Q: What actually gets lost when someone takes his symptoms to a cognitive psychologist?
Laurent: “I can tell you where I do not agree with my colleagues from the ethical viewpoint. I am opposed to the behavioral aspect that exists in the usual combination of cognitive-behavioral therapy. The patient is liable to find himself in a confrontation with a powerful authority who tries to impose a behavioral change with a ‘one size fits all’ approach. As though good behavior exists that can be standardized. That is not only harmful to the subject, it is genuinely dangerous to the ideals of freedom. In 1971, at the height of the behaviorist ‘craze,’ Skinner [B.F. Skinner, the father of behaviorism] told Time magazine that freedom is a luxury we can’t afford.
It’s very good to hear that Mariana Otero’s acclaimed film about Le Courtil, the Lacanian-oriented treatment centre on the French-Belgium border for children, adolescents and adults with mental health problems, will be released with subtitles in the UK in October. We’ll try to see about getting a showing in Bristol somehow…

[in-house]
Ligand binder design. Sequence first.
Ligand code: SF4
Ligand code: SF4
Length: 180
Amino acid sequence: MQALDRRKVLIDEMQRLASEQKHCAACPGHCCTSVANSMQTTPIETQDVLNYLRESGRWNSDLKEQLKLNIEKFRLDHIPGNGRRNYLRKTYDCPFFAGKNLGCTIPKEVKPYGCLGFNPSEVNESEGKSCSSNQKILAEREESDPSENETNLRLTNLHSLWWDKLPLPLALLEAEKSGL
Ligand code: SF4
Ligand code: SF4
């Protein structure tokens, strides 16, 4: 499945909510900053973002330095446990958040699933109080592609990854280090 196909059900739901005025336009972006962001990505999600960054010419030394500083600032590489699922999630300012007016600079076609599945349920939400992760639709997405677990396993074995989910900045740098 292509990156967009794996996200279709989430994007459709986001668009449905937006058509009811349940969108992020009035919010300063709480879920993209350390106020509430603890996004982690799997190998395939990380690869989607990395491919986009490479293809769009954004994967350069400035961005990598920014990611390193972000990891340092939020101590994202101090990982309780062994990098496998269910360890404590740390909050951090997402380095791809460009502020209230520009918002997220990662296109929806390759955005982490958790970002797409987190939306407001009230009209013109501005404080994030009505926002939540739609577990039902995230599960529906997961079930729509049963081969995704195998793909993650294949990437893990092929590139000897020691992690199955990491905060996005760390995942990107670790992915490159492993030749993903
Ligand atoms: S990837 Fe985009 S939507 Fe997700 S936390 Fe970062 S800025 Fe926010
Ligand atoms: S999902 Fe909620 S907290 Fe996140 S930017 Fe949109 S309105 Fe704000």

“Alysson considers her body with mistrust. Evanne spins and twists until he collapses. Amina can’t manage to make words come out of her mouth. At the border between France and Belgium there exists a special place which takes care of psychologically and socially challenged children. Day after day, the adults working there try to understand the enigma that each of these children represent and invent, case by case, without ever imposing anything, solutions that will help them live peaceful lives.”